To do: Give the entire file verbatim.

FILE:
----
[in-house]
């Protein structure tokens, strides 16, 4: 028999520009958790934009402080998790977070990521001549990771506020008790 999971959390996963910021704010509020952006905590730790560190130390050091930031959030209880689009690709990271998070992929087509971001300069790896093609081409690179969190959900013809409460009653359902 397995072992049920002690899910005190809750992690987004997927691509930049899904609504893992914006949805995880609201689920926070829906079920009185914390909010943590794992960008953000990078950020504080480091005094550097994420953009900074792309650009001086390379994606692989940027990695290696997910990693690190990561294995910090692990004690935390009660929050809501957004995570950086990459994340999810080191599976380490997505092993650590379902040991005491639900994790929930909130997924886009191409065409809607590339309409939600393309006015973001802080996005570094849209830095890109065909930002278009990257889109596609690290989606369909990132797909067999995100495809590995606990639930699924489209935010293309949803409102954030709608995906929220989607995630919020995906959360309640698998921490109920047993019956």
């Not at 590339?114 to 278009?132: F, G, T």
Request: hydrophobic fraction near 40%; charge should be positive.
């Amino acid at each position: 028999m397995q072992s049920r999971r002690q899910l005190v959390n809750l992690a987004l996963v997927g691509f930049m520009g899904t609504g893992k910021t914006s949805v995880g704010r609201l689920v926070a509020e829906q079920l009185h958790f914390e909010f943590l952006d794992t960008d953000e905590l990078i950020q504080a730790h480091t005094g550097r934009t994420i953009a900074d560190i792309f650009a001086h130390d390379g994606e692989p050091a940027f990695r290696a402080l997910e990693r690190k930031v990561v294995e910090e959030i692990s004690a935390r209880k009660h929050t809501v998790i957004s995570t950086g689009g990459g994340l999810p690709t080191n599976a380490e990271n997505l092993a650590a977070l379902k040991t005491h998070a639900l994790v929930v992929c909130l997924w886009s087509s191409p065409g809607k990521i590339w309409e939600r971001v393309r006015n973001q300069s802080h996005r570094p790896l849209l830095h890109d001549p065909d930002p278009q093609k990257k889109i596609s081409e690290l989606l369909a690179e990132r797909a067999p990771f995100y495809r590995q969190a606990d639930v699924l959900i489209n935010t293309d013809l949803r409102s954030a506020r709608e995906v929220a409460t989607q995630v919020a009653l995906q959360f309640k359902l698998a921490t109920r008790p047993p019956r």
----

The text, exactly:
[in-house]
């Protein structure tokens, strides 16, 4: 028999520009958790934009402080998790977070990521001549990771506020008790 999971959390996963910021704010509020952006905590730790560190130390050091930031959030209880689009690709990271998070992929087509971001300069790896093609081409690179969190959900013809409460009653359902 397995072992049920002690899910005190809750992690987004997927691509930049899904609504893992914006949805995880609201689920926070829906079920009185914390909010943590794992960008953000990078950020504080480091005094550097994420953009900074792309650009001086390379994606692989940027990695290696997910990693690190990561294995910090692990004690935390009660929050809501957004995570950086990459994340999810080191599976380490997505092993650590379902040991005491639900994790929930909130997924886009191409065409809607590339309409939600393309006015973001802080996005570094849209830095890109065909930002278009990257889109596609690290989606369909990132797909067999995100495809590995606990639930699924489209935010293309949803409102954030709608995906929220989607995630919020995906959360309640698998921490109920047993019956």
């Not at 590339?114 to 278009?132: F, G, T």
Request: hydrophobic fraction near 40%; charge should be positive.
């Amino acid at each position: 028999m397995q072992s049920r999971r002690q899910l005190v959390n809750l992690a987004l996963v997927g691509f930049m520009g899904t609504g893992k910021t914006s949805v995880g704010r609201l689920v926070a509020e829906q079920l009185h958790f914390e909010f943590l952006d794992t960008d953000e905590l990078i950020q504080a730790h480091t005094g550097r934009t994420i953009a900074d560190i792309f650009a001086h130390d390379g994606e692989p050091a940027f990695r290696a402080l997910e990693r690190k930031v990561v294995e910090e959030i692990s004690a935390r209880k009660h929050t809501v998790i957004s995570t950086g689009g990459g994340l999810p690709t080191n599976a380490e990271n997505l092993a650590a977070l379902k040991t005491h998070a639900l994790v929930v992929c909130l997924w886009s087509s191409p065409g809607k990521i590339w309409e939600r971001v393309r006015n973001q300069s802080h996005r570094p790896l849209l830095h890109d001549p065909d930002p278009q093609k990257k889109i596609s081409e690290l989606l369909a690179e990132r797909a067999p990771f995100y495809r590995q969190a606990d639930v699924l959900i489209n935010t293309d013809l949803r409102s954030a506020r709608e995906v929220a409460t989607q995630v919020a009653l995906q959360f309640k359902l698998a921490t109920r008790p047993p019956r």